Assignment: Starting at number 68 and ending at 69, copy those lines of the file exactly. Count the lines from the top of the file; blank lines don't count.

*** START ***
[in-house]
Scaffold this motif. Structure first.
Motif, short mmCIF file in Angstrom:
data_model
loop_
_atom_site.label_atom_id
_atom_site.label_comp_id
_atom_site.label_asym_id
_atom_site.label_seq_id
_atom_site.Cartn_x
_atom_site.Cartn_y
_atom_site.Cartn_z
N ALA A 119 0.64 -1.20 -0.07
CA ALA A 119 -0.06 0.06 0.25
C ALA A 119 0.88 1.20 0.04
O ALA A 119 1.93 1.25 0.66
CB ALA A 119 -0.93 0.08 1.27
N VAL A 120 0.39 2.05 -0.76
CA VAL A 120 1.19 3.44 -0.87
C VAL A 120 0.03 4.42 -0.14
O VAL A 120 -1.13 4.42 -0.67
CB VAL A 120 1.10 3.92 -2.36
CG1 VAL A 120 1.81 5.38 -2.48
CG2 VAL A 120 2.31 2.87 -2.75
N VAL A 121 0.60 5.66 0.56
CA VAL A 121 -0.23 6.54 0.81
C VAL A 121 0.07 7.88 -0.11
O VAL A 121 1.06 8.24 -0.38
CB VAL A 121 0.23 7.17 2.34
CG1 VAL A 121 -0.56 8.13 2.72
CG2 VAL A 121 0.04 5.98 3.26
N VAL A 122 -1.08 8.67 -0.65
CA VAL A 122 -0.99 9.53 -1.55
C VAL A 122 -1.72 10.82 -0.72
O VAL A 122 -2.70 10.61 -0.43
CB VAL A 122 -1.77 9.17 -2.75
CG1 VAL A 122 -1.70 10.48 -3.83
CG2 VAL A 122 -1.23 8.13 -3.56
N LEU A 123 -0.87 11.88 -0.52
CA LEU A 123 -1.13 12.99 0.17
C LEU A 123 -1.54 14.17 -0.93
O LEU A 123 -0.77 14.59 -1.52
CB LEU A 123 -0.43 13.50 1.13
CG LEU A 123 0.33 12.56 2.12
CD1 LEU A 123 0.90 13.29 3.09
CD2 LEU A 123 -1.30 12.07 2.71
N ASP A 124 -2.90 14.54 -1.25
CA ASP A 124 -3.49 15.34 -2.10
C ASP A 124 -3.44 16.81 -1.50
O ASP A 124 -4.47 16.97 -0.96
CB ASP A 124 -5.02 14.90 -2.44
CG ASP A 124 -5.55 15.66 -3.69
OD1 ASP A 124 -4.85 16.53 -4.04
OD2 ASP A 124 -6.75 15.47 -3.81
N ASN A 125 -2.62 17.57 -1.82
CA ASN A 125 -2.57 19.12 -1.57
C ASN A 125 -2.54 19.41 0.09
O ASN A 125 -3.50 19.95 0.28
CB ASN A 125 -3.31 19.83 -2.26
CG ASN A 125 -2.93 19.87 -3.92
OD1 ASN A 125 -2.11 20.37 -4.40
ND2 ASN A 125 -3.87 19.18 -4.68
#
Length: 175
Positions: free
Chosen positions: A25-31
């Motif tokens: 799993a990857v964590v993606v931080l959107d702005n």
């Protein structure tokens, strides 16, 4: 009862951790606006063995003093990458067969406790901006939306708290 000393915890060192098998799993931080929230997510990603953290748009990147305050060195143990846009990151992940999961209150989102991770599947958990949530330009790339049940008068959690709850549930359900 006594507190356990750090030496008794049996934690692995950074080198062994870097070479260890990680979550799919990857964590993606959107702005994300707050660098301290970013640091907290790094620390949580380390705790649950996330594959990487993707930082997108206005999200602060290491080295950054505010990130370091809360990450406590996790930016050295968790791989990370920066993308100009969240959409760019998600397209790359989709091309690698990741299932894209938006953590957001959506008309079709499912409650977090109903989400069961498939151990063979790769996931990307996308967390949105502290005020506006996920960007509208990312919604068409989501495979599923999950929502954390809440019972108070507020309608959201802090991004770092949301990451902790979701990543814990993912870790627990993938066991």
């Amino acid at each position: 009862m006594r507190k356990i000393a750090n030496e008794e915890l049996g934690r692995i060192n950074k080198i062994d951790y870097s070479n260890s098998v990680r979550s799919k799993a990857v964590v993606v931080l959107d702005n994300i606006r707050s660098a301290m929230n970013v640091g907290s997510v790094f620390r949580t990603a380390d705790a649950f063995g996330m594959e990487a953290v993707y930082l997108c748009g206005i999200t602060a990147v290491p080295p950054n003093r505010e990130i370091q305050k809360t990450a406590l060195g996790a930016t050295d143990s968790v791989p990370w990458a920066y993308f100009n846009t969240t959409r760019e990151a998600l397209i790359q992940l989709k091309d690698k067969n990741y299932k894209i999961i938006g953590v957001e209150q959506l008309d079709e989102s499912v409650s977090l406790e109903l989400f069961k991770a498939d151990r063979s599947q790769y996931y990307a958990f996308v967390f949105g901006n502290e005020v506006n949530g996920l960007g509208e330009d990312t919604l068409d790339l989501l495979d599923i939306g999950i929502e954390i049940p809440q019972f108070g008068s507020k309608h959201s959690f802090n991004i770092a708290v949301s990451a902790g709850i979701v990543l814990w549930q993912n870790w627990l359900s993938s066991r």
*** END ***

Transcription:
């Protein structure tokens, strides 16, 4: 009862951790606006063995003093990458067969406790901006939306708290 000393915890060192098998799993931080929230997510990603953290748009990147305050060195143990846009990151992940999961209150989102991770599947958990949530330009790339049940008068959690709850549930359900 006594507190356990750090030496008794049996934690692995950074080198062994870097070479260890990680979550799919990857964590993606959107702005994300707050660098301290970013640091907290790094620390949580380390705790649950996330594959990487993707930082997108206005999200602060290491080295950054505010990130370091809360990450406590996790930016050295968790791989990370920066993308100009969240959409760019998600397209790359989709091309690698990741299932894209938006953590957001959506008309079709499912409650977090109903989400069961498939151990063979790769996931990307996308967390949105502290005020506006996920960007509208990312919604068409989501495979599923999950929502954390809440019972108070507020309608959201802090991004770092949301990451902790979701990543814990993912870790627990993938066991």
């Amino acid at each position: 009862m006594r507190k356990i000393a750090n030496e008794e915890l049996g934690r692995i060192n950074k080198i062994d951790y870097s070479n260890s098998v990680r979550s799919k799993a990857v964590v993606v931080l959107d702005n994300i606006r707050s660098a301290m929230n970013v640091g907290s997510v790094f620390r949580t990603a380390d705790a649950f063995g996330m594959e990487a953290v993707y930082l997108c748009g206005i999200t602060a990147v290491p080295p950054n003093r505010e990130i370091q305050k809360t990450a406590l060195g996790a930016t050295d143990s968790v791989p990370w990458a920066y993308f100009n846009t969240t959409r760019e990151a998600l397209i790359q992940l989709k091309d690698k067969n990741y299932k894209i999961i938006g953590v957001e209150q959506l008309d079709e989102s499912v409650s977090l406790e109903l989400f069961k991770a498939d151990r063979s599947q790769y996931y990307a958990f996308v967390f949105g901006n502290e005020v506006n949530g996920l960007g509208e330009d990312t919604l068409d790339l989501l495979d599923i939306g999950i929502e954390i049940p809440q019972f108070g008068s507020k309608h959201s959690f802090n991004i770092a708290v949301s990451a902790g709850i979701v990543l814990w549930q993912n870790w627990l359900s993938s066991r």